Nobody plans for the worst storm ever, but you can be prepared.
As southern Maine digs out from the deepest snowfall since Jimmy Carter was in the White House, residents can be relieved to know that the preparation worked when the big one hit.
This was especially evident in Portland, where its dense development and narrow streets make clearing snow a special challenge.
When the storm hit, the city was ready. Public works and emergency services worked around the clock keeping roads clear and responding to people who needed help.
Sometimes lives were at stake. Other times it was just property. Either way, the public employees took their jobs seriously.
“When I got there, (firefighters) had already broken in a side door,” said Chris Bowe co-owner of Longfellow Books, which was flooded when a frozen pipe set off the sprinkler system.
“There were maybe 20 of them, and they were amazing,” Bowe said. “Instead of standing around and letting the water fall, they were carrying books to safety . . . I couldn’t believe how fast they worked to save the books. They saved an enormous amount of stock.”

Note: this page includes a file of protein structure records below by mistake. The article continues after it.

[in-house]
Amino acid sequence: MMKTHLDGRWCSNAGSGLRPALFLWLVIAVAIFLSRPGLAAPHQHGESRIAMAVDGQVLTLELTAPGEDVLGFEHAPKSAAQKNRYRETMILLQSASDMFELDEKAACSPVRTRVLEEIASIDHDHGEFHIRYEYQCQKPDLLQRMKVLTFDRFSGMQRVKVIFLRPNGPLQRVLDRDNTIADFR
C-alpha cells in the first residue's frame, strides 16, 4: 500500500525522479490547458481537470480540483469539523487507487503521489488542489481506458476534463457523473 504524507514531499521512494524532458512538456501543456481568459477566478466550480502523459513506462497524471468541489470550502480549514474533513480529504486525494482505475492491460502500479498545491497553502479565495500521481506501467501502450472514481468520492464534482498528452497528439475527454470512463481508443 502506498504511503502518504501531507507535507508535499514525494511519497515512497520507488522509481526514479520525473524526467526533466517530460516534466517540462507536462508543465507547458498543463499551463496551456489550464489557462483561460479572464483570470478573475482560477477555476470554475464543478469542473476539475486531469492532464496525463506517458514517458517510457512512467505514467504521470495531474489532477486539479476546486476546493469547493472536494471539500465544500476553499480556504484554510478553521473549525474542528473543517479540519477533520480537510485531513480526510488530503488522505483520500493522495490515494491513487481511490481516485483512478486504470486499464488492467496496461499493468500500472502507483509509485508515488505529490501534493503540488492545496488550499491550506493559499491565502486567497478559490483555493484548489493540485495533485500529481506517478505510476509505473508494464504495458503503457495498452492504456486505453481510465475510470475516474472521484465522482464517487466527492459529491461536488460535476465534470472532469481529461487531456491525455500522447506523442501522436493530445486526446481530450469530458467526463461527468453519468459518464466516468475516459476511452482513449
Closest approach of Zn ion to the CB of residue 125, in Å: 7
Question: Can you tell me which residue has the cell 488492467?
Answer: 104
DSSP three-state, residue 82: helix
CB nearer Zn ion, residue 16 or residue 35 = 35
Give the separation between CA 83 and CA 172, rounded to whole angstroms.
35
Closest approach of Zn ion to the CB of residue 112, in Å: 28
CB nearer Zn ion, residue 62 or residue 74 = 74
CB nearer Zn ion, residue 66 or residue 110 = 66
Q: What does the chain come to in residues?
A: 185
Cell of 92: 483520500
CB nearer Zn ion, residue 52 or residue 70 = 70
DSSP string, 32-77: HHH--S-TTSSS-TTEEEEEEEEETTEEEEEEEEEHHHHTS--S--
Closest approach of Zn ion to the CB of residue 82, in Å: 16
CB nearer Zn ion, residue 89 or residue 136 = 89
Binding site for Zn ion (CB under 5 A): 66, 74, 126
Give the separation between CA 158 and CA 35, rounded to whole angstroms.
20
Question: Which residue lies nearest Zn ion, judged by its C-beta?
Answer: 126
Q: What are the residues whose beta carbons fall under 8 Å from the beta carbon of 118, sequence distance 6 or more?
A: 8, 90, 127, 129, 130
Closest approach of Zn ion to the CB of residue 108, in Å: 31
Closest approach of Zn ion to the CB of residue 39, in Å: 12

Longfellow Books, a downtown institution, will be the beneficiary of a community fundraiser Thursday night, and it will take the help of its loyal customers, including the local authors who rely on the independent bookseller as a launching point for their work, to get back on its feet.
Which is very much the way that Portland got through the last few days. It started with the emergency management planning that took place long before the first flakes hit, and continued with the hard work over long hours by city employees.
In the end, it was people in the neighborhoods who did what was needed to dig out and help each other get back to normal.
Peter Donatelli, who manages his family business, Liliana’s Laundromat, on Congress Street on Munjoy Hill said he drove Saturday from his home on Allen Avenue to St. Peter’s Parish on Federal Street, where he played the organ for the 5:15 p.m. Mass. He drove past several businesses and restaurants that were open.
“Clearly, Portland did not shut down. As soon as the last flake hit the ground, everything seemed to be open,” he said. “Even though 32 inches is a record, it doesn’t faze the people of Maine.”